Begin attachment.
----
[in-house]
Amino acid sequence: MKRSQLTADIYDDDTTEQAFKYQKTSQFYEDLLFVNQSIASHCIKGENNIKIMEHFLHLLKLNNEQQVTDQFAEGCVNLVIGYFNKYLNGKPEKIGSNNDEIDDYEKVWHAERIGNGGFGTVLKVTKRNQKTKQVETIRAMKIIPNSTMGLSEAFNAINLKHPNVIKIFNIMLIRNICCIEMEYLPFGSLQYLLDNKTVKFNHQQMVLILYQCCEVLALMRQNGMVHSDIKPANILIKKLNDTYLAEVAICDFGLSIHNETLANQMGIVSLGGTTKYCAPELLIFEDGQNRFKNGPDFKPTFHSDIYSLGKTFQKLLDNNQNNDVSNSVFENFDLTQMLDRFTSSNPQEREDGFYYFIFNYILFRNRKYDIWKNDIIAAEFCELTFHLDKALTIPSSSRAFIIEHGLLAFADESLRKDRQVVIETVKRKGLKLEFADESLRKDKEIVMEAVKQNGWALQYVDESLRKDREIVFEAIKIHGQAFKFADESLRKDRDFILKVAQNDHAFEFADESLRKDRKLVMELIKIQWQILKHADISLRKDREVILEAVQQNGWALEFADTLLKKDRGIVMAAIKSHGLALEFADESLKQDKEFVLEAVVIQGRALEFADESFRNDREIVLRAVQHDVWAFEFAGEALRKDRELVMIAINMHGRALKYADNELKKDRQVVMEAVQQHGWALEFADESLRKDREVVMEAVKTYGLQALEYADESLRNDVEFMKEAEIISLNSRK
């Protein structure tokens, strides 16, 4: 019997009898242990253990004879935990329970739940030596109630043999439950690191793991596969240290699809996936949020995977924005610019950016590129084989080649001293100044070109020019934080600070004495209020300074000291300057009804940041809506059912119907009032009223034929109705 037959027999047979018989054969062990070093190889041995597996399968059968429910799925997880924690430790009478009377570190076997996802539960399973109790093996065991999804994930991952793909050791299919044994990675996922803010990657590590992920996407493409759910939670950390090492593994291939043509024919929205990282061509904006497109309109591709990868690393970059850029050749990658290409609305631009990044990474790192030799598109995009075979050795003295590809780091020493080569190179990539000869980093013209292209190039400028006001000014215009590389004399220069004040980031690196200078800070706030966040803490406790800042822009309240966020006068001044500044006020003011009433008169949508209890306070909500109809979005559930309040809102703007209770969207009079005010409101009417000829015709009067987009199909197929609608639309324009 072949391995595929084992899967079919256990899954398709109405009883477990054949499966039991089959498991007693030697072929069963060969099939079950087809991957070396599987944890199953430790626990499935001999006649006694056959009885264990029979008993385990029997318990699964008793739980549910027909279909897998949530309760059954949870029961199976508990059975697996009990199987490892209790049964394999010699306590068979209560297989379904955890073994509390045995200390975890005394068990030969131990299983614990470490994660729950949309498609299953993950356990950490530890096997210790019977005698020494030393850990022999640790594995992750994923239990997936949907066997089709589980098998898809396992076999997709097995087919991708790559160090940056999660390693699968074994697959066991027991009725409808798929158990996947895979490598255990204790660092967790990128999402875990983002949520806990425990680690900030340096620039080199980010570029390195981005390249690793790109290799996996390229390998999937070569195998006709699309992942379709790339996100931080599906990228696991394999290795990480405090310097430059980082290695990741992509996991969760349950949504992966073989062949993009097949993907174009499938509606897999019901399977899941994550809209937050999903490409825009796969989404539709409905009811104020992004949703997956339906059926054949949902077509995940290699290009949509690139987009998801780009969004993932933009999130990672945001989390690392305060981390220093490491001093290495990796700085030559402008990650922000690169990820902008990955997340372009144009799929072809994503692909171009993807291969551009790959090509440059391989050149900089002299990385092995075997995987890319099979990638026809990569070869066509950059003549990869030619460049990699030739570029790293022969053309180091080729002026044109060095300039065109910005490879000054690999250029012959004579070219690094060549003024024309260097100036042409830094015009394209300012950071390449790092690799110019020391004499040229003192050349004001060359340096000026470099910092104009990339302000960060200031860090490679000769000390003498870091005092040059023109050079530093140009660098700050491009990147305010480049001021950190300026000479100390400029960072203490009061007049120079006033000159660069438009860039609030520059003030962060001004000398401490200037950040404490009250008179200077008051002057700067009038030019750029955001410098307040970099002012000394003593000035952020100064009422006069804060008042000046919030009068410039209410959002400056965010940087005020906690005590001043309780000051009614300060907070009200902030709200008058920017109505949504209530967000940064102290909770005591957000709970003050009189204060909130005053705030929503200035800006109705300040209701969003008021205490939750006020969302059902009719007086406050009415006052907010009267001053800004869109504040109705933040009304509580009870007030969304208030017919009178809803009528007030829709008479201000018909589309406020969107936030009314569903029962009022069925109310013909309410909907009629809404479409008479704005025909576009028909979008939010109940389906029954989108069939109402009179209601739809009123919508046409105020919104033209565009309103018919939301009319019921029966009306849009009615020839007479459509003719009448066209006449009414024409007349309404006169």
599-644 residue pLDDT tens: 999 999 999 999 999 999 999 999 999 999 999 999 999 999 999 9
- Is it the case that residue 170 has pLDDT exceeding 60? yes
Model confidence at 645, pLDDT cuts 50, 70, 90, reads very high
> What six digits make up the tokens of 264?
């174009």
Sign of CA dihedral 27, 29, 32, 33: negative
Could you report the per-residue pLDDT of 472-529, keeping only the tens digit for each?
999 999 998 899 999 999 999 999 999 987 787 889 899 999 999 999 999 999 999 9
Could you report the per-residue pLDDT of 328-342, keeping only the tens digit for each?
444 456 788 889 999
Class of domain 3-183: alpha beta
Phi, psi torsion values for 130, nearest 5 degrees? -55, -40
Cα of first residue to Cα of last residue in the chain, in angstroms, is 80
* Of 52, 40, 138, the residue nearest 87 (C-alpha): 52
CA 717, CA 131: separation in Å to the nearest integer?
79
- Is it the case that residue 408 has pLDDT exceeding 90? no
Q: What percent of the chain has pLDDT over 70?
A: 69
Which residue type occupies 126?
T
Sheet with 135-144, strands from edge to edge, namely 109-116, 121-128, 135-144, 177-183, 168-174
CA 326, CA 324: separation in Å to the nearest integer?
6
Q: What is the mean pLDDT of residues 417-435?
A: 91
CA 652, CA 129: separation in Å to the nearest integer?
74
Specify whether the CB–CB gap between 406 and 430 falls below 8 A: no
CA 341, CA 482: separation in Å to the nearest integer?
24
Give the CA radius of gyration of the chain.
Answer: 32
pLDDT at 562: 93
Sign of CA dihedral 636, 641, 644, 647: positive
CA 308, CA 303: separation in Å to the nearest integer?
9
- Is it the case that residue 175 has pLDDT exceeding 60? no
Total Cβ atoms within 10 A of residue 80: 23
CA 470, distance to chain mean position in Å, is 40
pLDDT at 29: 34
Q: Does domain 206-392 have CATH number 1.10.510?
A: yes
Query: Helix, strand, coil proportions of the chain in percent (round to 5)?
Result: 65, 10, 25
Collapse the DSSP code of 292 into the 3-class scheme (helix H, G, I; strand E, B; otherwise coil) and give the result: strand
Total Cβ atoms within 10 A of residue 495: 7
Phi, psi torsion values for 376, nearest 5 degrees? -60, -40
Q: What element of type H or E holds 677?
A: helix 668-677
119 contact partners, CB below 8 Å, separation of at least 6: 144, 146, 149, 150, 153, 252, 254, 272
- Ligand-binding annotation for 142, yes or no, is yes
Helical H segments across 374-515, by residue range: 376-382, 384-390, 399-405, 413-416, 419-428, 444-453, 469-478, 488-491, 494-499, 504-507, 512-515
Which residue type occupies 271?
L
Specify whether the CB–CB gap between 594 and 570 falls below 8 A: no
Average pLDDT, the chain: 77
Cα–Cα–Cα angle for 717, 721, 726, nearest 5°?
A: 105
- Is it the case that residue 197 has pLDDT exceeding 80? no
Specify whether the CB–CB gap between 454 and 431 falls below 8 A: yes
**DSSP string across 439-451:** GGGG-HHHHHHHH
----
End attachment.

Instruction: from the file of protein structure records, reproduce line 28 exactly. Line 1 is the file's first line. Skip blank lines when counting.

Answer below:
Q: What is the mean pLDDT of residues 417-435?